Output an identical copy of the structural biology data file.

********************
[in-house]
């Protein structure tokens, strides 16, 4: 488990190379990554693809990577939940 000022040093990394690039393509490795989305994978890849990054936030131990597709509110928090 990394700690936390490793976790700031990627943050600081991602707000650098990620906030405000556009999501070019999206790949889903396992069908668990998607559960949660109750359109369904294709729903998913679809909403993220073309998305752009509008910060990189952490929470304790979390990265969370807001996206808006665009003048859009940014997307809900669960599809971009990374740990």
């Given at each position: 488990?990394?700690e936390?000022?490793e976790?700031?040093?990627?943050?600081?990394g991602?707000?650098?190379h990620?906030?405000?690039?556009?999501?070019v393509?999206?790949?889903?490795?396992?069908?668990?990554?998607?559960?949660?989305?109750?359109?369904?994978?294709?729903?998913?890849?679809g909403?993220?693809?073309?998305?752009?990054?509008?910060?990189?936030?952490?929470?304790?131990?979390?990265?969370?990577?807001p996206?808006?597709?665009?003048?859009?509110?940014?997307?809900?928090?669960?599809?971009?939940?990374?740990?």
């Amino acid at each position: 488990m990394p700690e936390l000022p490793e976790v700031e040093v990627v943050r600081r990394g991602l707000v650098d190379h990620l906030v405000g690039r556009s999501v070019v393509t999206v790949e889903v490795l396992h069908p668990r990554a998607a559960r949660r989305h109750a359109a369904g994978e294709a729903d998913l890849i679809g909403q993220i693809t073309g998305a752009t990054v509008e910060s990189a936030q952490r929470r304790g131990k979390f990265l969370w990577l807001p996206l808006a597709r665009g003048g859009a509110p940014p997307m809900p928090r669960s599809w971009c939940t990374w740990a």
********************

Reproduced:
[in-house]
């Protein structure tokens, strides 16, 4: 488990190379990554693809990577939940 000022040093990394690039393509490795989305994978890849990054936030131990597709509110928090 990394700690936390490793976790700031990627943050600081991602707000650098990620906030405000556009999501070019999206790949889903396992069908668990998607559960949660109750359109369904294709729903998913679809909403993220073309998305752009509008910060990189952490929470304790979390990265969370807001996206808006665009003048859009940014997307809900669960599809971009990374740990």
């Given at each position: 488990?990394?700690e936390?000022?490793e976790?700031?040093?990627?943050?600081?990394g991602?707000?650098?190379h990620?906030?405000?690039?556009?999501?070019v393509?999206?790949?889903?490795?396992?069908?668990?990554?998607?559960?949660?989305?109750?359109?369904?994978?294709?729903?998913?890849?679809g909403?993220?693809?073309?998305?752009?990054?509008?910060?990189?936030?952490?929470?304790?131990?979390?990265?969370?990577?807001p996206?808006?597709?665009?003048?859009?509110?940014?997307?809900?928090?669960?599809?971009?939940?990374?740990?």
């Amino acid at each position: 488990m990394p700690e936390l000022p490793e976790v700031e040093v990627v943050r600081r990394g991602l707000v650098d190379h990620l906030v405000g690039r556009s999501v070019v393509t999206v790949e889903v490795l396992h069908p668990r990554a998607a559960r949660r989305h109750a359109a369904g994978e294709a729903d998913l890849i679809g909403q993220i693809t073309g998305a752009t990054v509008e910060s990189a936030q952490r929470r304790g131990k979390f990265l969370w990577l807001p996206l808006a597709r665009g003048g859009a509110p940014p997307m809900p928090r669960s599809w971009c939940t990374w740990a």